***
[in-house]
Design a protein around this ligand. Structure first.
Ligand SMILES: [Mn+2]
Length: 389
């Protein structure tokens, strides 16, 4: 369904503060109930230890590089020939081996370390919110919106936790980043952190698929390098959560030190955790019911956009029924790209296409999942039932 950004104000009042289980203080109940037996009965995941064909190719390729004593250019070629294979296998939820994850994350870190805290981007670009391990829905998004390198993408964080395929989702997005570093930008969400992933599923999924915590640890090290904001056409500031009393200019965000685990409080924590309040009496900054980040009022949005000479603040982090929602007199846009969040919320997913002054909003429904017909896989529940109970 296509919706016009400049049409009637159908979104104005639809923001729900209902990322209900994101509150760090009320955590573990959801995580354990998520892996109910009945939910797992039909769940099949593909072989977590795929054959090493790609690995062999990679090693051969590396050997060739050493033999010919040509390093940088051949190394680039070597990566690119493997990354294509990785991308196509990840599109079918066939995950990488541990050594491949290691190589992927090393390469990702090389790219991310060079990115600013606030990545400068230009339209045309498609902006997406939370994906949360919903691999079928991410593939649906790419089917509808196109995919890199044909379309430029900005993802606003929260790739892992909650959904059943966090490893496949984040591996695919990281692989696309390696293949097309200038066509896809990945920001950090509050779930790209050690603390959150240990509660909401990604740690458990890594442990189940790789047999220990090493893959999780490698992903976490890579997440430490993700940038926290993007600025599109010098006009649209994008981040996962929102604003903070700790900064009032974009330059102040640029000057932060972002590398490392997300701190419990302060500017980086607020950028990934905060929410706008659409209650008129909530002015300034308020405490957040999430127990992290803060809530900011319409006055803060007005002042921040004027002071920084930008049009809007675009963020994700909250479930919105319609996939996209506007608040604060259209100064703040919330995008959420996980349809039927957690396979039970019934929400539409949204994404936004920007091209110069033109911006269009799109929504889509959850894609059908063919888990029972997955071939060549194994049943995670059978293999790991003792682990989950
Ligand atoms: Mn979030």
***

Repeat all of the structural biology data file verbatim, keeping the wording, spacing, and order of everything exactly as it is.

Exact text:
[in-house]
Design a protein around this ligand. Structure first.
Ligand SMILES: [Mn+2]
Length: 389
């Protein structure tokens, strides 16, 4: 369904503060109930230890590089020939081996370390919110919106936790980043952190698929390098959560030190955790019911956009029924790209296409999942039932 950004104000009042289980203080109940037996009965995941064909190719390729004593250019070629294979296998939820994850994350870190805290981007670009391990829905998004390198993408964080395929989702997005570093930008969400992933599923999924915590640890090290904001056409500031009393200019965000685990409080924590309040009496900054980040009022949005000479603040982090929602007199846009969040919320997913002054909003429904017909896989529940109970 296509919706016009400049049409009637159908979104104005639809923001729900209902990322209900994101509150760090009320955590573990959801995580354990998520892996109910009945939910797992039909769940099949593909072989977590795929054959090493790609690995062999990679090693051969590396050997060739050493033999010919040509390093940088051949190394680039070597990566690119493997990354294509990785991308196509990840599109079918066939995950990488541990050594491949290691190589992927090393390469990702090389790219991310060079990115600013606030990545400068230009339209045309498609902006997406939370994906949360919903691999079928991410593939649906790419089917509808196109995919890199044909379309430029900005993802606003929260790739892992909650959904059943966090490893496949984040591996695919990281692989696309390696293949097309200038066509896809990945920001950090509050779930790209050690603390959150240990509660909401990604740690458990890594442990189940790789047999220990090493893959999780490698992903976490890579997440430490993700940038926290993007600025599109010098006009649209994008981040996962929102604003903070700790900064009032974009330059102040640029000057932060972002590398490392997300701190419990302060500017980086607020950028990934905060929410706008659409209650008129909530002015300034308020405490957040999430127990992290803060809530900011319409006055803060007005002042921040004027002071920084930008049009809007675009963020994700909250479930919105319609996939996209506007608040604060259209100064703040919330995008959420996980349809039927957690396979039970019934929400539409949204994404936004920007091209110069033109911006269009799109929504889509959850894609059908063919888990029972997955071939060549194994049943995670059978293999790991003792682990989950
Ligand atoms: Mn979030």